Airline Found in Breach
The US Office of the Privacy Commissioner (OPC) has issued PIPEDA Report of Findings #2011-002: Airline must ensure policies comply with Canadian privacy law (19 September 2011). The report concerns a complaint that KLM failed to provide “information about its policies and practices relating to the management” of personal information requested by a passenger. The OPC’s investigation found that KLM had failed to comply with the Personal Information Protection and Electronic Documents Act (PIPEDA) by not responding to the complainant’s request.
The OPC also made broad recommendations that all organisations should have procedures for handling information access requests, and that foreign organisations realise they fall under PIPEDA’s jurisdiction if they engage in commercial activities and have a real and substantial connection to Canada.
(Source: OPC; Department of Justice)
Father Sues Coffee Chain Over Hidden Camera
The Age reports that a US man is suing Starbucks for $US3 million for invasion of privacy, negligence and ”intentional infliction of emotional distress” after his five year old daughter found a hidden video camera in the bathroom of a Washington Starbucks outlet. Reportedly, the man is also accusing Starbucks of negligence in the hiring, training and supervision of its staff. Starbucks reportedly failed to have the lawsuit thrown out on the grounds that the man had not proven any wrongdoing by its employees.
The Age: ‘Camera in toilet’: father sues Starbucks for $3m (21 September 2011)
(Source: The Age)
Name Change Attempt to Improve Reputation
The Age reports that an internal News Corporation marketing brief has revealed plans to change the Australian division’s name from “News Limited” to “News Australia” in an effort to “rebrand” the company and rescue its flailing reputation. According to The Age, the rebranding follows the damage to the company’s reputation surrounding the UK phone hacking scandal, and tensions with the federal government over content published in The Daily Telegraph. The marketing brief reportedly discloses a need to “evolve” the company’s name, in part because “other people are defining [News Limited's] brand”. The brief also reportedly expresses the need to ”connect with employees to articulate a desired culture and shared values and ethics across the News Limited group”, after employee research on the company’s reputation amongst advertisers and competitors revealed that it was seen as an “arrogant newspaper company, difficult to deal with”.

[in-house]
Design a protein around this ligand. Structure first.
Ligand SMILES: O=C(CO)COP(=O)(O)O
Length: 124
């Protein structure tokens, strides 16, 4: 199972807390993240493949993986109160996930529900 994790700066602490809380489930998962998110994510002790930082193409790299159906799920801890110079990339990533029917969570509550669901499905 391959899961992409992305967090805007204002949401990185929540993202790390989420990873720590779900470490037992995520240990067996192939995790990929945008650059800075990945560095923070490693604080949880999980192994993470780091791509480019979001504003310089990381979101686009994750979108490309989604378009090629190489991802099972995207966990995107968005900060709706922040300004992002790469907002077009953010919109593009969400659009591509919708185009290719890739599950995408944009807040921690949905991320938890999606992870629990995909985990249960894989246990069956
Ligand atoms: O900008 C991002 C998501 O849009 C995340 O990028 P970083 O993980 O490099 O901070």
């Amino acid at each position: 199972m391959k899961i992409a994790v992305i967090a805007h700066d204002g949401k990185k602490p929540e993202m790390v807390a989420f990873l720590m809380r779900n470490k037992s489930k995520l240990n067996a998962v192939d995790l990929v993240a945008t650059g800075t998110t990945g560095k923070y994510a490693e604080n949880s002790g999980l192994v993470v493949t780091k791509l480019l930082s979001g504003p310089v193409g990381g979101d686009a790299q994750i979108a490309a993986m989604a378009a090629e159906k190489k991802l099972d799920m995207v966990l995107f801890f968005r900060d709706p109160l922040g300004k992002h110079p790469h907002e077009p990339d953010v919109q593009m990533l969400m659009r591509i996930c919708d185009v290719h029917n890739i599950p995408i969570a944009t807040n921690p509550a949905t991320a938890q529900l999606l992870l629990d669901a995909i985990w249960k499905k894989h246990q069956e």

The Age: ”News Ltd’ axed in major Murdoch rebranding (21 September 2011)
(Source: The Age)
Media Empire Investigated for Bribery
Bloomberg reports that the US Department of Justice has written to News Corporation requesting information as part of an investigation into whether alleged payments to police for information constituted a violation of the Foreign Corrupt Practices Act (FCPA). According to Bloomberg, an anonymous “person with knowledge of the matter” confirmed the investigation of the US business’ alleged “paying off” of foreign government representatives in order to gain commercial advantage, which is a crime under the FCPA.
The investigation reportedly accompanies an existing US probe into allegations that News Corporation hacked the phones of September 11 victims in the US, following revelations earlier this year that UK News Corporation staff hacked the voicemail account of murdered teenager Milly Dowler in 2002.
According to Bloomberg, the letter requests information from News Corporation, but does not legally oblige the company to respond.
Bloomberg: News Corp. Said to Get U.S. Letter Seeking Information For Bribery Probe (21 September 2011)
Related News Items:
The Guardian: US prosecutors write to News Corp as part of payment inquiry – reports (20 September 2011)
Reuters: US seeks information from News Corp as part of bribery probe – reports (20 September 2011)
(Source: Bloomberg; The Guardian; Reuters; justice.gov)
Hospital Commits Major Privacy Breach
Stanford Hospital (Stanford) recently suffered a major privacy breach when the data for 20,000 patients was publically posted on a commercial website. While Stanford discovered the breach last month, the data had been posted on the site for almost a year. A patient first discovered the data and alerted the hospital on August 22. The hospital then had the data removed from the website the next day. Information posted on the website included patients’ names, diagnosis codes, account numbers, admission dates, and billing charges.
New York Times: Patient Data Posted Online in Major Breach of Privacy (8 September 2011)
(Source: New York Times)